Empty Orchard, Full Vessels.
Our early December daily walk around the orchard furnishes major sensory input. This time of year seems to embrace more change than any other. There are few apples to be seen now and the views down the aisles and through the rows of trees become longer and more defined. The smells change from a rich fruity aroma to a slightly earthy tang with a damp leaf finish. The leaves are gently rustling to the ground after the first frost and there is a background chatter of fieldfares and blackbirds. The sodden earth from a very wet October has been slowly drying out during November, leaving us with firm bottomed muddy ruts and crisp tractor tyre tread marks. The only apples remaining are on the orchard floor over by Orchard Croft and these are supplying excellent food for the pigs and visiting birds. The fruit keeps really well in these cool damp conditions and will provide sustenance for some weeks before the remains gradually disappear in the detritus of the under tree world as the season inexorably turns.
In contrast to the almost empty orchard and after a very busy harvest period, the new shiny vessels in the Production Shed are all completely full with another 10 x 1000 litre containers currently standing outside. This has been our largest crushing by far as we have almost tripled our capacity.
Our circular orchard walk or 'the round' has been a significant part of our daily routine that has gradually become a little slower as Zeiki, our German Shorthaired Pointer has got older. She had reached 16 1/2, a good age for the breed and we always said we would keep her going as long as she could get round the orchard and enjoy her walk. After a little collapse last week, we decided the time had come and on a sunny morning the vet came to the house and she sloughed off her canine mortal coil and made a peaceful and dignified entry to the great kennel in the sky to bound about unfettered and free. Zeiki now resides quietly under an oak tree at the back of the house where she has spent her whole life. She is at rest while we still listen for the sound of her toes tip tapping across the floor and miss her unfailing loyalty and enthusiasm for life in the orchard. The two cats, Edith and Simone seem to catch our mood and rub against our legs, snuggle into our laps and purr gently and tell us it is alright to miss our lovely dog and for our eyes to mist over every now and again and to swallow a little harder as we remember her life well lived.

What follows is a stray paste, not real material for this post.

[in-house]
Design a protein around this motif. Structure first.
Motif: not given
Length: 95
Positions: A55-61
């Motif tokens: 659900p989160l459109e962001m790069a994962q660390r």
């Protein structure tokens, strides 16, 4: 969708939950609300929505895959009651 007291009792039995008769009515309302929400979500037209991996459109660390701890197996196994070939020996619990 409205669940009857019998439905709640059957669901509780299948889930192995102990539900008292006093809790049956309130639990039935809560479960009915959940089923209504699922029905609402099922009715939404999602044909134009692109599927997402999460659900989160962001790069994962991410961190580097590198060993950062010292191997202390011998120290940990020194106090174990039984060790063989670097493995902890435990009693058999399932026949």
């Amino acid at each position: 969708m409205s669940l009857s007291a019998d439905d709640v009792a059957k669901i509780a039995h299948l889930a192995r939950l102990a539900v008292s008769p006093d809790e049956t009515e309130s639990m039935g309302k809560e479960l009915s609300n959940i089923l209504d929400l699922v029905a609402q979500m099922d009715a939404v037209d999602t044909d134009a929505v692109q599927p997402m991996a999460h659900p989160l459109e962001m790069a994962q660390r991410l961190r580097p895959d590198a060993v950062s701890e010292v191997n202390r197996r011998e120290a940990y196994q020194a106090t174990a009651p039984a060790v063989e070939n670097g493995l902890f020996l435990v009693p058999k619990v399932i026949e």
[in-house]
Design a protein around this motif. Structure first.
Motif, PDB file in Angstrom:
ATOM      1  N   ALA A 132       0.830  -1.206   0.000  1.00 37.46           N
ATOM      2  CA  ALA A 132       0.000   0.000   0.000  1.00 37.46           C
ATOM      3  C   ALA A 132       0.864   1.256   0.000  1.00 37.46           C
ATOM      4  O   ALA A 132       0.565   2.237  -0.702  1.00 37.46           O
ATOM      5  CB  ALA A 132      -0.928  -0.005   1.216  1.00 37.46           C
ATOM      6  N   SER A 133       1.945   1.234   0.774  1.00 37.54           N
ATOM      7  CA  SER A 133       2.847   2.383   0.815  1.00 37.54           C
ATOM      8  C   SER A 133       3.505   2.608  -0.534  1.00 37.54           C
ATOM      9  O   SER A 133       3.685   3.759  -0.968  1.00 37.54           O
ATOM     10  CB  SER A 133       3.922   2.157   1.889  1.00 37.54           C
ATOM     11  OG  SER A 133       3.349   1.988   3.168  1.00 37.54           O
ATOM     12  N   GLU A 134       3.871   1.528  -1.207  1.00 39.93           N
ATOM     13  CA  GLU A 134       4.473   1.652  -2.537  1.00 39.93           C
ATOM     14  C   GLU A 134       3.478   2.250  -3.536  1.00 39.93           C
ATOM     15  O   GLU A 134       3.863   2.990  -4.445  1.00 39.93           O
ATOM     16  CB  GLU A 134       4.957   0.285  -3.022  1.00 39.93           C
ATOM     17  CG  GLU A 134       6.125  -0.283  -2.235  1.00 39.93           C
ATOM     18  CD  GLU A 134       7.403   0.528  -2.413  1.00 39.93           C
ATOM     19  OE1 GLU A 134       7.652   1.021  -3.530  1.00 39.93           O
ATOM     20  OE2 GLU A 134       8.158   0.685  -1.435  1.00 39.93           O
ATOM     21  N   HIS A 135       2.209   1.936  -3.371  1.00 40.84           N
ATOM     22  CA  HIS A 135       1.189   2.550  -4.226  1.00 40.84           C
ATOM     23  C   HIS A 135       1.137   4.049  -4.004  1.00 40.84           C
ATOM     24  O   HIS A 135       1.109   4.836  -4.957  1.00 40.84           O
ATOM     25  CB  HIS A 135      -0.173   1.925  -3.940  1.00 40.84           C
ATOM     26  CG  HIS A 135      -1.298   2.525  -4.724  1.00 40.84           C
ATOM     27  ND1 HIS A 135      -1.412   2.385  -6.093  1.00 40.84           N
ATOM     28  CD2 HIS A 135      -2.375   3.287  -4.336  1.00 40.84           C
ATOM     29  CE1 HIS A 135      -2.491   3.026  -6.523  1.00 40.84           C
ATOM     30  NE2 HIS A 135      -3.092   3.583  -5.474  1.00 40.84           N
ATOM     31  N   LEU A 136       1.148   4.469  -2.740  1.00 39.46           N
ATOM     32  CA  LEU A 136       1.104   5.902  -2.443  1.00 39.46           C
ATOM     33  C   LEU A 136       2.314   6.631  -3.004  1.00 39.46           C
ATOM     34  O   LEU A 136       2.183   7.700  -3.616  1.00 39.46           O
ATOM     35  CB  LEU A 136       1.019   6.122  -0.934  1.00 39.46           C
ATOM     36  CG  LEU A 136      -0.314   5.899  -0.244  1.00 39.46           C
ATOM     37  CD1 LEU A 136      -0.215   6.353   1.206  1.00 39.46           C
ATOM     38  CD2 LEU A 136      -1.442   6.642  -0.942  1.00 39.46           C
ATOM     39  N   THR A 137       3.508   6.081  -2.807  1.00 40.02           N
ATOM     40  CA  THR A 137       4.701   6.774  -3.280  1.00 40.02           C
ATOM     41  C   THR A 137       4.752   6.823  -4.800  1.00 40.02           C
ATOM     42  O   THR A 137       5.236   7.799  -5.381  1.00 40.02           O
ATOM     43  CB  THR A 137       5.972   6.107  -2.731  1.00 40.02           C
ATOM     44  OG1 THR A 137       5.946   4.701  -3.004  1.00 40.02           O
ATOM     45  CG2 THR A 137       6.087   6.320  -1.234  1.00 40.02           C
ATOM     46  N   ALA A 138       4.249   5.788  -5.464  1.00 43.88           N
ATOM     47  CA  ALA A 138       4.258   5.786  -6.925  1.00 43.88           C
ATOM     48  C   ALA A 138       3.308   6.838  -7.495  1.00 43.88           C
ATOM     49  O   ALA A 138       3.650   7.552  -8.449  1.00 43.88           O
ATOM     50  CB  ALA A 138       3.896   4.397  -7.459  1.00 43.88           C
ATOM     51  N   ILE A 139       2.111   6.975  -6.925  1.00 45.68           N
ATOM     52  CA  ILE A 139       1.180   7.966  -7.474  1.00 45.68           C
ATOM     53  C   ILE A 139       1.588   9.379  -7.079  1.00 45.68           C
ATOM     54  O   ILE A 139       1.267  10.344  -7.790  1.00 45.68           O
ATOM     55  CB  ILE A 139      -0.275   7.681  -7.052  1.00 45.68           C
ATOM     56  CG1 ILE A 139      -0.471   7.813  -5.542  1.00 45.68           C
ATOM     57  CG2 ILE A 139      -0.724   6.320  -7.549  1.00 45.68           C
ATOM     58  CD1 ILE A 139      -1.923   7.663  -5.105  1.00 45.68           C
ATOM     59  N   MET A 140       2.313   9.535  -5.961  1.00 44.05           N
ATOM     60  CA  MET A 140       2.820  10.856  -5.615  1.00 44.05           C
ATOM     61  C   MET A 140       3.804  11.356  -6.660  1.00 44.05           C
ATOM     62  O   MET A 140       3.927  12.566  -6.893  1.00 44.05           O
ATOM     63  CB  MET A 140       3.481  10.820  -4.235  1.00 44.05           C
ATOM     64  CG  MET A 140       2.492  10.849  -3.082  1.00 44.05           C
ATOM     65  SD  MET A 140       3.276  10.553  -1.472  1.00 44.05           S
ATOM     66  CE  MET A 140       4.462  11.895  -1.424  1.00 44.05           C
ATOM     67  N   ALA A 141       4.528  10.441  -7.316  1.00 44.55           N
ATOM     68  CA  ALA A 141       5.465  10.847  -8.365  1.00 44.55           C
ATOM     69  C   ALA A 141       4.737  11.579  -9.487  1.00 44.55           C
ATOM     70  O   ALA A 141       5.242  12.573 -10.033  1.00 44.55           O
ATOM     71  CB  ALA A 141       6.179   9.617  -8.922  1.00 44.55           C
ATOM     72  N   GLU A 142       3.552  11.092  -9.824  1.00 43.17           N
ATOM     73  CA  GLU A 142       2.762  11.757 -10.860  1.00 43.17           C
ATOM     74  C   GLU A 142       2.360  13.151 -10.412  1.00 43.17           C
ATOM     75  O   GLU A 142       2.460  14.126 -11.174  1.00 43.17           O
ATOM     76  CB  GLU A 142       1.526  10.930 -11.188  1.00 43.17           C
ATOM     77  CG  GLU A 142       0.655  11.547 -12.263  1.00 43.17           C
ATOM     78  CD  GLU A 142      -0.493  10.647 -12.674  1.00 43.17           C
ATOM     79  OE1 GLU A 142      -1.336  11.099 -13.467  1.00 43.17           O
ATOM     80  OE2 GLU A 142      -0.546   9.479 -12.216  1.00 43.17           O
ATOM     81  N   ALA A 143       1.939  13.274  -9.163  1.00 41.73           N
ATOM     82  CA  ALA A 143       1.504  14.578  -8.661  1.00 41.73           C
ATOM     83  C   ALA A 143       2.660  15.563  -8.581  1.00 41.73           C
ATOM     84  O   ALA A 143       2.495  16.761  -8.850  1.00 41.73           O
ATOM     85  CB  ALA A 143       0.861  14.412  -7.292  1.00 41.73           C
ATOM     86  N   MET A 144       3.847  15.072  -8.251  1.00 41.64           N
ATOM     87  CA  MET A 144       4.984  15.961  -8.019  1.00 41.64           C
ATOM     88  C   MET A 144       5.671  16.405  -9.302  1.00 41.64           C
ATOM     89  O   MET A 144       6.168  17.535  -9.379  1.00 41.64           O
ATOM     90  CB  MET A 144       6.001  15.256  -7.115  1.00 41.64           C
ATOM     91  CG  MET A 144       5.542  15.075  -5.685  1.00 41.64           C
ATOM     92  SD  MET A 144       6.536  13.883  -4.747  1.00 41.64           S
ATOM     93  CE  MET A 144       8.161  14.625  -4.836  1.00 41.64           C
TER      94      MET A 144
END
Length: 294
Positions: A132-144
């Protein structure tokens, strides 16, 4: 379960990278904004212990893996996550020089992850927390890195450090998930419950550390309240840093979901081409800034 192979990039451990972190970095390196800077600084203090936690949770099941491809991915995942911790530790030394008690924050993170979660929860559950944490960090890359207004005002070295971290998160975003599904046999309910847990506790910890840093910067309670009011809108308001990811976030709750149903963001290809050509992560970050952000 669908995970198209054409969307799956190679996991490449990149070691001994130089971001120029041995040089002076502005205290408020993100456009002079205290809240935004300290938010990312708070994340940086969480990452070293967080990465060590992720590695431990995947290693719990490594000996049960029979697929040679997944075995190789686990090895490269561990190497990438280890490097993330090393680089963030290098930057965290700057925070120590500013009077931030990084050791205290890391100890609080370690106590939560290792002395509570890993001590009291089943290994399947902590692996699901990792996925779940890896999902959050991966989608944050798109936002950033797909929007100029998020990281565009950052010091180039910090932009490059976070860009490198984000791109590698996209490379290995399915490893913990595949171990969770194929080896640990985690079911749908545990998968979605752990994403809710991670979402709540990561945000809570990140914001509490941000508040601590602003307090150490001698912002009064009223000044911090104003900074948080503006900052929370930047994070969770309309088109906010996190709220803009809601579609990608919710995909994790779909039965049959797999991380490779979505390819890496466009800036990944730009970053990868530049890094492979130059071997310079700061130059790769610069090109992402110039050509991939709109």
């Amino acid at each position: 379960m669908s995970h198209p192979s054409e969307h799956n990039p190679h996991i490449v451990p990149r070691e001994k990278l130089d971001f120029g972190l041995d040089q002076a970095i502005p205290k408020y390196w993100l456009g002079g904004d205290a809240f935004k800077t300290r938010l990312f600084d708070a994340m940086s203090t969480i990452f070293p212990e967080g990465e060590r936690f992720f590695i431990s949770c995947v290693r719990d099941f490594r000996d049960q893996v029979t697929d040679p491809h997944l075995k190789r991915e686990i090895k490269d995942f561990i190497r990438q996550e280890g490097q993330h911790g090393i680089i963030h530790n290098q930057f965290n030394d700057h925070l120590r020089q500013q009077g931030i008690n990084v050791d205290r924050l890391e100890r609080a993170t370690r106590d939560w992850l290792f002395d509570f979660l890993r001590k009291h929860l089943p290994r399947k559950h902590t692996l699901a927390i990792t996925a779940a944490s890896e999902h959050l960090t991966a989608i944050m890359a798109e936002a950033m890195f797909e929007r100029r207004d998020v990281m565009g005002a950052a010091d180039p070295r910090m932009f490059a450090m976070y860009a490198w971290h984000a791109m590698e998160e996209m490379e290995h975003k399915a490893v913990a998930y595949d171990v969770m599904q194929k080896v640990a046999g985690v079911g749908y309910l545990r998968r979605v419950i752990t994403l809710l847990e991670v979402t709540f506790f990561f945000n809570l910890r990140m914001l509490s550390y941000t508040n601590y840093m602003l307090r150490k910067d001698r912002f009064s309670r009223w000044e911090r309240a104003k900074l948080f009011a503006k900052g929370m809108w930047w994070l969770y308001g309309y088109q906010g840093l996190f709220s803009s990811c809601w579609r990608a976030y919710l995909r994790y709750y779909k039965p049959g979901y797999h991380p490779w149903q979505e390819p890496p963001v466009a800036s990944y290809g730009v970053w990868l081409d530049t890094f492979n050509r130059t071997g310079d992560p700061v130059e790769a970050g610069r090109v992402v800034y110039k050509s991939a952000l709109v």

Although we grow apples and make cider, I am not averse to a decent beer and thoroughly enjoy many of the drinks produced by the local breweries. In October we visited the Ledbury Real Ale Company based at Gazerdine, opposite Roots at Little Verzons and were shown about by Anthony and Kate Stevens. They run a microbrewery and produce three cask ales that they sell to local pubs. They work incredibly hard to balance other part-time work and a young family but are passionate about their brewing and have just expanded production so that the process takes less time. They gave us a real insight into the process, looking at different yeasts, malts, hops and discussing the economics and minute margins of this scale of production. Not for the faint hearted we felt. Simon and I saw a much larger operation when we visited the Wye Valley Brewery last month for a Chamber of Commerce Breakfast meeting. We went there with Cropsharers some years ago and it was fascinating and illuminating to see how they have grown in the intervening time. They now turnover £4.5 million a year and all this from a standing start behind the Barrels pub in Hereford in 1985. Once again their attention to detail and belief in their product shone through. I have also recently enjoyed the art of brewing in medieval times shown on the BBC2 series the Tudor Monastery Farm. The process is still fundamentally the same. Apparently ale and bread made up nearly 80% of the daily calorific intake for many at certain times of year. I have mentioned this to a couple of beer aficionados and they commented that it sounded like a perfectly balanced diet to them!